Ties that bind in Latin America.
One year ago an official Bolivian delegation boarded a vessel at Puerto Quijano in Santa Cruz Province and, several days later, disembarked at Nueva Palmira, Uruguay on the Atlantic coast, following stops in Corumba, Brazil; Asuncion, Paraguay; and Rosario, Argentina. The trip down the Paraguay and Parana Rivers was baptized at the time as "The Voyage of Integration."
At a later meeting in Brasilia, officials of the River Plate countries discussed details of the Corredor Ferroviario de los Libertadores (Railroad Corridor of the Liberators). Scheduled for completion later this year, this 2,200-mile (3,484-kilometer) rail line will link Buenos Aires and La Paz, Bolivia, with the Peruvian port of Matarini. It will include a ferry trip across Lake Titicaca and involve four and one-half days travel time. As might be expected, the three-nation project has faced a host of climatic and structural problems.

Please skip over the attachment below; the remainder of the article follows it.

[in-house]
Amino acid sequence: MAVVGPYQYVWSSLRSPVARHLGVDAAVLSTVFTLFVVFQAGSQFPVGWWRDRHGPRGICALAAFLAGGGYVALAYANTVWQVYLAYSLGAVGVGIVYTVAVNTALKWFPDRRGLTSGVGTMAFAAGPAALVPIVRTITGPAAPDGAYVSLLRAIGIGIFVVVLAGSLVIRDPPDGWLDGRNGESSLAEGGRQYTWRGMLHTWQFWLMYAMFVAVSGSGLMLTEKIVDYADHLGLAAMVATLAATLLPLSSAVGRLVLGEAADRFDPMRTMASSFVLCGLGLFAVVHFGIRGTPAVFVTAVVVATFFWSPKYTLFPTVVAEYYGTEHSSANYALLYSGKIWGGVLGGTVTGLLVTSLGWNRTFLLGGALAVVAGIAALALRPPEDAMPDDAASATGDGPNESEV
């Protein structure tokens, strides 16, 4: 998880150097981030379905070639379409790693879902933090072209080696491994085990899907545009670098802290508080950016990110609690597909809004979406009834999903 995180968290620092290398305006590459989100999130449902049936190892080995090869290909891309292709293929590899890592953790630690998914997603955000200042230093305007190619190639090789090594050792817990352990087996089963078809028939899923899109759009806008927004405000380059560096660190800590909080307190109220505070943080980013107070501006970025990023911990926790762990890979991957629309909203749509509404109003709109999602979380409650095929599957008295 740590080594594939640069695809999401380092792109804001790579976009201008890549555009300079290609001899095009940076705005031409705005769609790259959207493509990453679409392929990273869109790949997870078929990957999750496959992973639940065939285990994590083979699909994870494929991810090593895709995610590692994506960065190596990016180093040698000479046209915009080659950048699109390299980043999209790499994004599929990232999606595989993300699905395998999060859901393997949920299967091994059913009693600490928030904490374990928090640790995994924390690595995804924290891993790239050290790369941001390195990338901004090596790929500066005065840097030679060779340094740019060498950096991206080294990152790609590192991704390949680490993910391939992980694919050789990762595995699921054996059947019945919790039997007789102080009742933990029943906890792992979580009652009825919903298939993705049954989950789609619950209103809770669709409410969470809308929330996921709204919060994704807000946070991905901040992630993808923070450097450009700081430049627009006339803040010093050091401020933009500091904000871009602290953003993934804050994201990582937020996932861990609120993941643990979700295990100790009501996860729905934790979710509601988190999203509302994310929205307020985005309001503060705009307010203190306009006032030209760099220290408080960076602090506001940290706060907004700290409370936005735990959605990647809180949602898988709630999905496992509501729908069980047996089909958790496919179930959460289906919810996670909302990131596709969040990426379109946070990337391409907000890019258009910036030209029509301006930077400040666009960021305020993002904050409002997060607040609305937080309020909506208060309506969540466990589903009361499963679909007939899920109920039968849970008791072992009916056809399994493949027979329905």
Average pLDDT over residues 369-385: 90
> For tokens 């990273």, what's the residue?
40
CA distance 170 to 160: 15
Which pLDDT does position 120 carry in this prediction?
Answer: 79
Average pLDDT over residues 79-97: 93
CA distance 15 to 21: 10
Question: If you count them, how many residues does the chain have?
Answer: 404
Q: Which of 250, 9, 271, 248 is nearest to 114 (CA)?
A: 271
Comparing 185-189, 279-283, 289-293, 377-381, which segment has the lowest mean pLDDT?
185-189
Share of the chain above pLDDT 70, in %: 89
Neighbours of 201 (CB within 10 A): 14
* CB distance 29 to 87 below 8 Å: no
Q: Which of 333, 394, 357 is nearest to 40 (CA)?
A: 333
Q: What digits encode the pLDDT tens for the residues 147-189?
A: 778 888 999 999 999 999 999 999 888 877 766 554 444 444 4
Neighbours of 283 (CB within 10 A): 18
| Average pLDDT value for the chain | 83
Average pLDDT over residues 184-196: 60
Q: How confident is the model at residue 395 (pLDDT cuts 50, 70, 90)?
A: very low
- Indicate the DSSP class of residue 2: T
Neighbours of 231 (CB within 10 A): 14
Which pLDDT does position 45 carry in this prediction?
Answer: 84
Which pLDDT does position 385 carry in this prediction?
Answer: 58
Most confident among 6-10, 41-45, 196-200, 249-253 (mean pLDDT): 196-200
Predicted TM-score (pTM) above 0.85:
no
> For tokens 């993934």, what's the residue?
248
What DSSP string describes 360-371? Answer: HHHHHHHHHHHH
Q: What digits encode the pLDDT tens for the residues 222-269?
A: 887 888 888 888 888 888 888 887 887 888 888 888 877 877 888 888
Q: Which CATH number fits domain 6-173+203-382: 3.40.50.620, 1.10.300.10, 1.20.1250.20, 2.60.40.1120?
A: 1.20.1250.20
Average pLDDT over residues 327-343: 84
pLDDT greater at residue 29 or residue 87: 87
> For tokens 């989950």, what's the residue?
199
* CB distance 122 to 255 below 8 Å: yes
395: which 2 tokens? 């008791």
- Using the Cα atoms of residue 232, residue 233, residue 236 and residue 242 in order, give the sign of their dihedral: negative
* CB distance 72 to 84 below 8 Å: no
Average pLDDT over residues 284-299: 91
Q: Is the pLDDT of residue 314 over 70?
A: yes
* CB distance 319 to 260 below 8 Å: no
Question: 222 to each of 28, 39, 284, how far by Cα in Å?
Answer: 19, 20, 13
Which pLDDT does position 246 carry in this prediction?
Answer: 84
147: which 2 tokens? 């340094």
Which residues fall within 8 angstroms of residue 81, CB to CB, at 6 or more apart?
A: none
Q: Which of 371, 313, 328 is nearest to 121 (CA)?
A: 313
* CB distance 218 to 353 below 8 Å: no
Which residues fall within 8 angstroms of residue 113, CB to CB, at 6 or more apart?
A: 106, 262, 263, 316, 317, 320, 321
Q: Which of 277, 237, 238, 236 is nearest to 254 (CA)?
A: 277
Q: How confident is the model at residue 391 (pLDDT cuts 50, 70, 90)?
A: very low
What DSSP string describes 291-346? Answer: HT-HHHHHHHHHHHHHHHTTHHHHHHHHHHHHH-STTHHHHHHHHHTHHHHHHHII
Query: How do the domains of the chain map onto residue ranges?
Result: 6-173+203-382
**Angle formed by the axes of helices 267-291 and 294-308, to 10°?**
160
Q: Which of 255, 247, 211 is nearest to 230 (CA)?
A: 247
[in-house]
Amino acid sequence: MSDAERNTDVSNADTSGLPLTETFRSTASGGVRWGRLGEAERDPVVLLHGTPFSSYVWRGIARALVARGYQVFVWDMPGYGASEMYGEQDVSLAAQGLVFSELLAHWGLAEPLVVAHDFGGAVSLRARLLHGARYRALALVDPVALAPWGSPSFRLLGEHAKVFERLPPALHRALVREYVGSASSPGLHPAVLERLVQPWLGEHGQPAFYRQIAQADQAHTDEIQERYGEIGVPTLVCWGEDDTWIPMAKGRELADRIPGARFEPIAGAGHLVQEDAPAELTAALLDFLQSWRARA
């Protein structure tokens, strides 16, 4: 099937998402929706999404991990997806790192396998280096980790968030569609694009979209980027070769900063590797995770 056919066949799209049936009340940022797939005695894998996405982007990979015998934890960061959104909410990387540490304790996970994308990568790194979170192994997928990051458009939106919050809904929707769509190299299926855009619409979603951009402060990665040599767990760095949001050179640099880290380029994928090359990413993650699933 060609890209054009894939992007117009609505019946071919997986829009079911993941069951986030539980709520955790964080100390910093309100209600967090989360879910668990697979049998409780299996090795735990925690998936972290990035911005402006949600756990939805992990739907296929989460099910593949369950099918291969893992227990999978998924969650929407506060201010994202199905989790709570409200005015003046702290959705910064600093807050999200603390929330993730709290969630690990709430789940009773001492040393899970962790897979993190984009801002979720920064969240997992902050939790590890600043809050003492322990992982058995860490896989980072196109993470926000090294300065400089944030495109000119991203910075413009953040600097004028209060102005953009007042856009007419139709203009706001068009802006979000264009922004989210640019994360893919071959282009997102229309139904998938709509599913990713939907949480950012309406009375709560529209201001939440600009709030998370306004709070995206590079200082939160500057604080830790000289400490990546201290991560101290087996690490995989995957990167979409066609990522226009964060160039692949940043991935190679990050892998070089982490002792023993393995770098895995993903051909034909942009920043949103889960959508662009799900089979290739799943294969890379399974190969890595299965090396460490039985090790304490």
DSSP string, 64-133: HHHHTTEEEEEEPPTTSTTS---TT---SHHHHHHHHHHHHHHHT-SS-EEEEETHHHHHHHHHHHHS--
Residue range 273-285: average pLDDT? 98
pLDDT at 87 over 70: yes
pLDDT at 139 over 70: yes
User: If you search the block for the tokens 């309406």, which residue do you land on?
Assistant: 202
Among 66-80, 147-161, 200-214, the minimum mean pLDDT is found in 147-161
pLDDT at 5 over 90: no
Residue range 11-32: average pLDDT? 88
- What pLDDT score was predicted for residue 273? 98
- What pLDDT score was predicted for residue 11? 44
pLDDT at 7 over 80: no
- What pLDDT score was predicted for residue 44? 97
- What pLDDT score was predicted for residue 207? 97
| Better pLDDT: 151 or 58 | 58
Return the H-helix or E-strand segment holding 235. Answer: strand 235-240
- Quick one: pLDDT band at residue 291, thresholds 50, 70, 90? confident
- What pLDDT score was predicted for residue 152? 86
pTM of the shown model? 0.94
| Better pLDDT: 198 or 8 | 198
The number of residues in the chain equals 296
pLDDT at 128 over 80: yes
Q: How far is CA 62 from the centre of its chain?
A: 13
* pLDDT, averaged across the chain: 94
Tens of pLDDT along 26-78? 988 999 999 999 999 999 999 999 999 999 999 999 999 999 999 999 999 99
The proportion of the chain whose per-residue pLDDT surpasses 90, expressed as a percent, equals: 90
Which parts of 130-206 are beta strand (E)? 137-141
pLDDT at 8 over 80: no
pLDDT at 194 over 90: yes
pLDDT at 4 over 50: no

Italian investors are reportedly interested in financing the construction of the final link of the railway which would connect the port of Talcahuano in southern Chile with Bahia Blanca in southern Argentina. Only 130 miles (200 kilometers) of the 650-mile (1,050 kilometer) line still remain to be built.
Brazil and Peru, meanwhile, continue efforts to push to completion the Marginal Jungle Highway despite criticism that Brazil's segment of the road, BR-357, may damage the fragile ecology of the Amazon region. If this project is ultimately completed, it will link Matarini on Peru's Pacific coast with the northern Brazilian port of Belen on the Atlantic.
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|Title Annotation:||rail, road, and river links|
|Publication:||Americas (English Edition)|
|Date:||Mar 1, 1990|
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